(MENAFN- Jordan Times)
AMMAN — Sovereign credit rating agency Moody's has upgraded Jordan's credit outlook from“stable” to“positive”, shifting its overall rating from B1 — stable to B1 — positive, according to the Finance Ministry.
According to Moody's,“the change in outlook to positive from stable is driven by the government's strong commitment to wide-ranging structural reforms and track record of effective implementation at least on the fiscal front, which have the potential to raise the resilience of its credit profile”.
The revenue gains made by the Ministry of Finance in recent years, 'are likely to prove durable, as the tax administration-related reforms target increasing tax compliance'.
Moody's has also cited the expansion in government revenue, as well as the latest set of economic and administrative reforms which“may also increase the economy's growth prospects over time and increase its shock absorption capacity”.
The credit rating agency also cited“governance strengths that support Jordan's resilience to the significant global headwinds”.
This credit rating is despite what Moody's refers to as a“volatile regional geopolitical environment” and resulting pressures, which have led to global downgrades of numerous countries this year.
Commenting on the credit upgrade, Minister of Finance Mohamad Al-Ississ has said:“This is a testament to what happens when Jordan is given the space to reform on its own terms in a spirit of collaboration with its partners, we do reform in the right and most sustainable way.”
Al-Ississ also noted,“our fiscal reform has shown that fair and equitable reform is not only good policy, but produces the best results as well.”
Governor of the Central Bank of Jordan (CBJ), Adel Al Sharkas, affirmed:“This upgrade in Jordan's outlook reflects the CBJ's success in maintaining monetary and financial stability; by maintaining the pegged exchange rate regime supported by the high level of international reserves, with full capital mobility and very low convertibility risks.”
Sharkas also indicated that“inflation in Jordan remained moderate despite the high inflationary pressures overall the world, which indicates robust macroeconomic stability in the Kingdom”.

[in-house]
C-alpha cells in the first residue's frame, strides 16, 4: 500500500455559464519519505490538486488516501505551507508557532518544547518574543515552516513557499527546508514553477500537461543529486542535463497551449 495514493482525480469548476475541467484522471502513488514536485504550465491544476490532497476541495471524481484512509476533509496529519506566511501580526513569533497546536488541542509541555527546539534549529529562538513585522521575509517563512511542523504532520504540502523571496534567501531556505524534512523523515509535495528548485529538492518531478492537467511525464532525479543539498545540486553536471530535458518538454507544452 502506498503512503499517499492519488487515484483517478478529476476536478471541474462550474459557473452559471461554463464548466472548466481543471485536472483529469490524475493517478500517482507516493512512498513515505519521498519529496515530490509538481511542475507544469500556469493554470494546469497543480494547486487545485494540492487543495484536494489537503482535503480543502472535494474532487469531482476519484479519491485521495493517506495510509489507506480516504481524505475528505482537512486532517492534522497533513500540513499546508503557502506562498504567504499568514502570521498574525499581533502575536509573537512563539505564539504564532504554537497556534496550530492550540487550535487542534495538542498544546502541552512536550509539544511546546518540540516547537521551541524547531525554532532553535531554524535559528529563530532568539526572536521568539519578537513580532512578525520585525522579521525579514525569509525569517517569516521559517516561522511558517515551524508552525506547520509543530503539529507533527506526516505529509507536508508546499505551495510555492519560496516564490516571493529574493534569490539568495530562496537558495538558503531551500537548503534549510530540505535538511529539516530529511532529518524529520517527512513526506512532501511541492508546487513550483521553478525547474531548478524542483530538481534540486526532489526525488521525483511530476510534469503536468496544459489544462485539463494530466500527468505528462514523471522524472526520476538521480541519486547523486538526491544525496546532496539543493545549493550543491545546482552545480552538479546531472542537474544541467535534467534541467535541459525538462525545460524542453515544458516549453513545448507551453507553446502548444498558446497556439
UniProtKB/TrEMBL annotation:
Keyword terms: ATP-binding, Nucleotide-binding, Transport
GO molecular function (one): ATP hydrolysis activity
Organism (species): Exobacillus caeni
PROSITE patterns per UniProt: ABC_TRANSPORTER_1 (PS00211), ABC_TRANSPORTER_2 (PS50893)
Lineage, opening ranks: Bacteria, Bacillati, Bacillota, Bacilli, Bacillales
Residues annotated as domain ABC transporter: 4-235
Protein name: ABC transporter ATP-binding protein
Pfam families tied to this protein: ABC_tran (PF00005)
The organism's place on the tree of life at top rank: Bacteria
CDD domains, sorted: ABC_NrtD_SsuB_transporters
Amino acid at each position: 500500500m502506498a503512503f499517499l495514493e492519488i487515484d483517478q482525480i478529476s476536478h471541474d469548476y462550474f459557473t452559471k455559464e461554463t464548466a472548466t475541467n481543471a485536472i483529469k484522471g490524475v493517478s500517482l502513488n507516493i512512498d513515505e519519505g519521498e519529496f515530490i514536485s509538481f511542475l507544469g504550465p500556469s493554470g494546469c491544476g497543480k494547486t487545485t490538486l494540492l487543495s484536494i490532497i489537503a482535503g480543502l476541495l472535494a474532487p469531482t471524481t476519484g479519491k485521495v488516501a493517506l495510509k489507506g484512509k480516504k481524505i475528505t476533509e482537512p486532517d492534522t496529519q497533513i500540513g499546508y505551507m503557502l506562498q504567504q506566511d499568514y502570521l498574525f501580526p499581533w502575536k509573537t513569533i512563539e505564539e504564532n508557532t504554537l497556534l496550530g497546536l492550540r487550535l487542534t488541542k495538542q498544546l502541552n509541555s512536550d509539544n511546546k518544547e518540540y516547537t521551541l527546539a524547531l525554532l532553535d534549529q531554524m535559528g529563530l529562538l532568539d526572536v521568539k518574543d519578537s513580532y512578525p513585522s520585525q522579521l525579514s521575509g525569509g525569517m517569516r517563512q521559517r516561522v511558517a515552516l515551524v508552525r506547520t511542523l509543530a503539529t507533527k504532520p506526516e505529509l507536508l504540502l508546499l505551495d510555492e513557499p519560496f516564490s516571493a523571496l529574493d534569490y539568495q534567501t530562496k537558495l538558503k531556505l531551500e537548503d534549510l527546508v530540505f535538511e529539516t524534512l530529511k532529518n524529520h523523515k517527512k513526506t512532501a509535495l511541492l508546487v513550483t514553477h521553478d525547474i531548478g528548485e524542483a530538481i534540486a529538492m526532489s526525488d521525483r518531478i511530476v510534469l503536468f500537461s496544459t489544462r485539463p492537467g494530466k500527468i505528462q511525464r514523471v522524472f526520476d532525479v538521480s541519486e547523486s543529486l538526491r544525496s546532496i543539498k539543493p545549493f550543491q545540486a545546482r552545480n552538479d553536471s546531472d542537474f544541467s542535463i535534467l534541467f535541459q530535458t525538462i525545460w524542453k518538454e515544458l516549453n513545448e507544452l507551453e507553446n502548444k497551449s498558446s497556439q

Sharkas also stressed“the dominant and pivotal role played by the presence of a robust and resilient banking system with a high level of capital and liquidity buffers, along with the high quality of financial assets, as shown by banks' macro prudential indicators”.
“Monetary and financial stability is a key motive for optimism in the continued recovery of the national economy, on the back of the pandemic. This optimism is supported by GDP growth during the second quarter of this year that exceeded all expectations, along with the high performance of many leading indicators in various sectors, especially the tourism, exports foreign investment inflows, and workers' remittances,” Sharkas said.
“Moody's expects the general government fiscal deficit to narrow to around 2-2.5 per cent of GDP in 2023-24, compared to around 5 per cent in 2020 and 3 per cent in 2021, while the central government fiscal deficit will likely average 4.5 per cent of GDP in 2023-24, compared to 7 per cent in 2020 and 5.3 per cent in 2021,”the rating agency's website said.
“Moody's fiscal forecasts imply that the government's debt burden will decline over the next few years to pre-pandemic levels of around 78 per cent of GDP by 2026, although it remains high compared to similarly rated peers. General government debt likely peaked at just above 90% of GDP at the end of 2021,” the Moody's website said.
Moody's definition of general government debt includes all of Jordan's central government and municipality debt, net of holdings by the social security fund (SSIF), plus the guaranteed debt of the state-owned enterprises in the energy and water sectors, National Electric Power Company (NEPCO) and Water Authority of Jordan (WAJ). Both NEPCO and WAJ require financial support from the central government currently, according to the website.
The rating agency's website noted that the government has largely avoided increasing central government expenditure despite the focus on social protection with higher global food and energy prices.
The policy of stockpiling wheat, which started in 2020 as the government foresaw food security risks, and long-term gas contracts with limited price sensitivity to global oil price benchmarks that the government entered into with neighbouring countries have prevented a material increase in spending on these essentials, Moody's said.